When you use the Edit History option, the Builder displays the History List dialog with a list of history objects attached to the selected object. Selecting a history object in the list shows its attributes, so you can edit them. Refer to the History section on page 154 for information on the History object's attributes.

Delete All Histories

Delete All Histories destroys all attached history objects. The Delete button of the Edit History dialog may be used to delete individual history objects from the list.

If you explode an object with a history object, the group that remains after exploding it retains the history object. Exploding that group discards the history object.

Run

The Run Menu provides options to let you test the animation of drawings. The simplest way to test a drawing is by using the test data generated by the GLG datagen program.

Start

Start invokes a process to animate a drawing. The process executes the command or commands given it in the dialog presented when you select Start. The default animation program is $datagen, a test program that is part of the GLG Toolkit; see GLG Programming Tools and Utilities.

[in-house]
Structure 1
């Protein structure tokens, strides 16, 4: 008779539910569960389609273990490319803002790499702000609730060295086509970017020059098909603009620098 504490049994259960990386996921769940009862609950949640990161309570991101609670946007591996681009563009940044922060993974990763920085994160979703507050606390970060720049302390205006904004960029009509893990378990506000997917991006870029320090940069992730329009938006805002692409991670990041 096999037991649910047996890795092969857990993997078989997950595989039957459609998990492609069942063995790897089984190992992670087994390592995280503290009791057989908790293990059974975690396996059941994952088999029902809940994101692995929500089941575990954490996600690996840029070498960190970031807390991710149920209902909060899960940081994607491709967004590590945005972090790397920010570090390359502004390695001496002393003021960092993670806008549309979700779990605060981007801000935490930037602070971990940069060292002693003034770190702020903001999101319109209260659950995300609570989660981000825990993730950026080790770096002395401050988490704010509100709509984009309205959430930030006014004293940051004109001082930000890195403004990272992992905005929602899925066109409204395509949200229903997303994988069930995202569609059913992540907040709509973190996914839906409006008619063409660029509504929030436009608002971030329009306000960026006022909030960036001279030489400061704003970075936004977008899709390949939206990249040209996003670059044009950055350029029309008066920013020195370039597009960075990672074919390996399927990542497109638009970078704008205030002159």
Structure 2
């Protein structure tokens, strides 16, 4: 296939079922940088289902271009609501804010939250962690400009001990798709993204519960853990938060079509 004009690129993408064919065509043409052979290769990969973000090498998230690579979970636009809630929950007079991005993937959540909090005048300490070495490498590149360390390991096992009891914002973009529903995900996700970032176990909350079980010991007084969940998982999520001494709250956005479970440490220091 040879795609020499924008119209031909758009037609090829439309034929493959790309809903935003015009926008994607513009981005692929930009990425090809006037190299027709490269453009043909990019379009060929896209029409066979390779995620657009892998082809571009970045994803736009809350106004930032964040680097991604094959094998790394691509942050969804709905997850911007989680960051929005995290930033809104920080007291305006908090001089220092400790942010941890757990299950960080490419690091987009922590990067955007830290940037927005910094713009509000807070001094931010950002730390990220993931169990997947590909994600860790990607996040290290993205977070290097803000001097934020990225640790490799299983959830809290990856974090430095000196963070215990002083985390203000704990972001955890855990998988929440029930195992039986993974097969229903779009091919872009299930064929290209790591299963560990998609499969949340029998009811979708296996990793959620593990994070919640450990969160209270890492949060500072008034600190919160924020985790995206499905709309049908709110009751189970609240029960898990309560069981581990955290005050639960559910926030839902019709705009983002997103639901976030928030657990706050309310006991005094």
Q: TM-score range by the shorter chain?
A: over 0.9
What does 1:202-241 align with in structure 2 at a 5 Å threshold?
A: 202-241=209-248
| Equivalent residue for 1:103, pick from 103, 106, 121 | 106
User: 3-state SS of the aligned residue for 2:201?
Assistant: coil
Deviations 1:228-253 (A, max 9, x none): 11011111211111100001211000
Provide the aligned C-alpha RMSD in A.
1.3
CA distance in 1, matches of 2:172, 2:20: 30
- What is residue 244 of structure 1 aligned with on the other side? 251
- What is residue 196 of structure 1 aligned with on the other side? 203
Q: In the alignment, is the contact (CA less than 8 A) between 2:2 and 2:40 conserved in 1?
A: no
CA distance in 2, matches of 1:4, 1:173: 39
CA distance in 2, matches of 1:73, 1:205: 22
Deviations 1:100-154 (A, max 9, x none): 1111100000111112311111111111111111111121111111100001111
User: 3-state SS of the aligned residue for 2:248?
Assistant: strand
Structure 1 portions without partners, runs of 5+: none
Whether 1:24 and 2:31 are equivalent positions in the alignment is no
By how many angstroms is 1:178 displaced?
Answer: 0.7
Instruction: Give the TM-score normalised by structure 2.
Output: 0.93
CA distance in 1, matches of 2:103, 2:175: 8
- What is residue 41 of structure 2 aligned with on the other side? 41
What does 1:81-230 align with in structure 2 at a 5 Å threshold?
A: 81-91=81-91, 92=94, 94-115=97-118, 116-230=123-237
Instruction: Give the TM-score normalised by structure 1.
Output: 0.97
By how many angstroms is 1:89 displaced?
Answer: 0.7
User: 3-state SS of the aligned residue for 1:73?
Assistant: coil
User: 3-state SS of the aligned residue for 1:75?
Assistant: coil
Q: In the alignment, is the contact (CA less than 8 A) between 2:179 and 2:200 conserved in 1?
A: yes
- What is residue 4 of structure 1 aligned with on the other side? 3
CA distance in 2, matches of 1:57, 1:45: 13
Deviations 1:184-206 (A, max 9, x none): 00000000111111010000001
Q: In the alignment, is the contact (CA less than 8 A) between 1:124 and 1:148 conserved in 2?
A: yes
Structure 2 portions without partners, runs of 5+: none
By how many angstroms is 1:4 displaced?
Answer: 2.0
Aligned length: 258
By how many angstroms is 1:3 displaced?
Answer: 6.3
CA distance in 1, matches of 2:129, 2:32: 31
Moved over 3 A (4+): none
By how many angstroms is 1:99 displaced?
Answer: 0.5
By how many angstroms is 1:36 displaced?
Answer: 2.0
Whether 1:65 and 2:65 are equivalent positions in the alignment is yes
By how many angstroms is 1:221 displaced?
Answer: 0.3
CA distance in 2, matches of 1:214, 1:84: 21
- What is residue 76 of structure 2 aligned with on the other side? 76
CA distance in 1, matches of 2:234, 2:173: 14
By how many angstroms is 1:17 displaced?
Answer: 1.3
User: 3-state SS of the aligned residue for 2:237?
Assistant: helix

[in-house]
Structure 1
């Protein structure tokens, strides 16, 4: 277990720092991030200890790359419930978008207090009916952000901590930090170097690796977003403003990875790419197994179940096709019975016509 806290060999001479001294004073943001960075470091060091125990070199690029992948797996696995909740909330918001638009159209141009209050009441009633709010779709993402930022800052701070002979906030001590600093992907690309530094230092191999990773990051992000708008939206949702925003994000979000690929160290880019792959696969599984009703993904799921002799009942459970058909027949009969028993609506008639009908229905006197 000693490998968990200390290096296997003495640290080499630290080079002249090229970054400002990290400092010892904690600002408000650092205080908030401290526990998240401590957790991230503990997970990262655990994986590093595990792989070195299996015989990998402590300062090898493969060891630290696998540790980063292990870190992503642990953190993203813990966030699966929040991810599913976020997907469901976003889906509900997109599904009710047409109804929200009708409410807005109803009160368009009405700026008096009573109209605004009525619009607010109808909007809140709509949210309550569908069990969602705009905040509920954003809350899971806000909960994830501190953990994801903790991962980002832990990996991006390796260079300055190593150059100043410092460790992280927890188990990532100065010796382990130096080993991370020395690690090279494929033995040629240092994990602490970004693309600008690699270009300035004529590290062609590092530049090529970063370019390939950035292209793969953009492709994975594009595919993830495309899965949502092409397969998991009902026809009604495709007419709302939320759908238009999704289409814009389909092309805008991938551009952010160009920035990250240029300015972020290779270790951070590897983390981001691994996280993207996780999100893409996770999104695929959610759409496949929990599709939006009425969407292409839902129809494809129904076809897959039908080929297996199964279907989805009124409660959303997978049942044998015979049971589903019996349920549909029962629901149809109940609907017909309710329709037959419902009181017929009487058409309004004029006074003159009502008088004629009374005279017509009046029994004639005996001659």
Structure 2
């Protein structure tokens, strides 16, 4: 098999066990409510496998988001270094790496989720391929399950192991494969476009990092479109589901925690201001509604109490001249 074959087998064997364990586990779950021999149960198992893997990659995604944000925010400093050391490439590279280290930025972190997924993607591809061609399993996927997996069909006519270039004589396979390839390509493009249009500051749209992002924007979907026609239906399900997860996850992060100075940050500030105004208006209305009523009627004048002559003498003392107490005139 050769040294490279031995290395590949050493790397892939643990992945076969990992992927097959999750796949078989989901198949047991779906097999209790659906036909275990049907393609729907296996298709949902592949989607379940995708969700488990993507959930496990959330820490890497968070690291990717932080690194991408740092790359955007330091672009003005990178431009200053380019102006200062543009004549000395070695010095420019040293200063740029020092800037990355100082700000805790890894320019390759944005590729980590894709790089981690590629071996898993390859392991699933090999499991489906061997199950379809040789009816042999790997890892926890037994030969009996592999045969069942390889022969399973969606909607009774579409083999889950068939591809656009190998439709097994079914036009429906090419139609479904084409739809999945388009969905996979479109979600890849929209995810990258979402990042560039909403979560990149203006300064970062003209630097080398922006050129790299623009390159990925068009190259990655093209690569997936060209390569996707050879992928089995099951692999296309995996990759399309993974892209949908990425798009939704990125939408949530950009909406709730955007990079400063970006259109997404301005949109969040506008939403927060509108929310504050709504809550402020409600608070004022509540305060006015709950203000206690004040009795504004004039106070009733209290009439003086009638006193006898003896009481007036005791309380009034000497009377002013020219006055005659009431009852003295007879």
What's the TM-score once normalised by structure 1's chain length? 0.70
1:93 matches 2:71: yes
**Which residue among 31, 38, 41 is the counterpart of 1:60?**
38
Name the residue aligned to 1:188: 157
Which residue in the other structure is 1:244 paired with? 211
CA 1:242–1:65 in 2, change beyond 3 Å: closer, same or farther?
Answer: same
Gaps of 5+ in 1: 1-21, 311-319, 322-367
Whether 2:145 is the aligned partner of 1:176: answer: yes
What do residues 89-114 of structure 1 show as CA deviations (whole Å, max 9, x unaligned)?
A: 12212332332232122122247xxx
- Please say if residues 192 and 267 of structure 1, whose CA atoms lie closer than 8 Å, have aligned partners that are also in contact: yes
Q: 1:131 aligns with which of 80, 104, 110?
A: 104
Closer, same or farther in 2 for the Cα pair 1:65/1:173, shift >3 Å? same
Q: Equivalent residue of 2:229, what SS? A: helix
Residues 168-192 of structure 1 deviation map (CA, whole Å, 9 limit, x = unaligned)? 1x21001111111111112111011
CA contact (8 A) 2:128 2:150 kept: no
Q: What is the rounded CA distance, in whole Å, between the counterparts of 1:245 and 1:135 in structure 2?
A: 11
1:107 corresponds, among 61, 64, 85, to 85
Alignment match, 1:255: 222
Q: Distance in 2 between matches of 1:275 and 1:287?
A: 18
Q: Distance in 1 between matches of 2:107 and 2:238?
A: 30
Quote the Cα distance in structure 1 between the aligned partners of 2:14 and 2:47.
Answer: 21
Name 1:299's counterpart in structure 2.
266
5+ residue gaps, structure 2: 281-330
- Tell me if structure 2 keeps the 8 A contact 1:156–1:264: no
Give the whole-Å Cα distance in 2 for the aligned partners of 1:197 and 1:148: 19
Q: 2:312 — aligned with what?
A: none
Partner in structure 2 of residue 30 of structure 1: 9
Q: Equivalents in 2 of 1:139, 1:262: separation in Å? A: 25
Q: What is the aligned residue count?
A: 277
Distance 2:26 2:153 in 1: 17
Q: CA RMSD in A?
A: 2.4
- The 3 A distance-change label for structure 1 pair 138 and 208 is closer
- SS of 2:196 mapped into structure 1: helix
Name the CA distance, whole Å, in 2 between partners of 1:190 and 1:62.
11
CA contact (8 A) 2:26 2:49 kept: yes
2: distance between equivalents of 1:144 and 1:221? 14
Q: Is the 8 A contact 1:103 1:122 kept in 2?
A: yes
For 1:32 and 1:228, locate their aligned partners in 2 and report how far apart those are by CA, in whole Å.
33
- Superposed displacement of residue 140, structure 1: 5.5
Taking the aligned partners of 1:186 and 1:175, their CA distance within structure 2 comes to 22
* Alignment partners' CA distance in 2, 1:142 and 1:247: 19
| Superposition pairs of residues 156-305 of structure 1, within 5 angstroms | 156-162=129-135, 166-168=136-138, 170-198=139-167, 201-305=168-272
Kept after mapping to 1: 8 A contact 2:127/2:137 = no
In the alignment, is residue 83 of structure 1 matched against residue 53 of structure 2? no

To animate a drawing, use Run, Start, specifying a named resource as part of the command.

For example, to animate an object named valve1 with a dynamic transformation that has a named factor (variable name) of rotate, use this command line:

$datagen -sin d 0 1 valve1/rotate

The $datagen is a GLG shortcut that prevents the initiation of another process and uses an internal data generator. See the The Data Generation Utility section of GLG Programming Tools and Utilities for more information on data generation options.

If no command is given the run process, or if an error is encountered when trying to execute the command, the Builder searches the drawing for a string resource called "$DatagenString", and uses it as a run command.

When a new drawing containing "$DatagenString" resource is loaded, the resource value is used to initialize the animation command. The Store Run Command option may be used to store the current animation command in the existing "$DatagenString" resource of the drawing.

In the Run mode, the Builder activates the Run Toolbar that contains the following controls:

Many of the Builder's menu options and buttons become unavailable in the Run mode. To terminate the animation, use Run, Stop.

Stop

Stop halts the animation of a drawing, killing the process started with the Start command.

To restore the original appearance of the drawing, use File, Reset Drawing.

Restore Values on Stop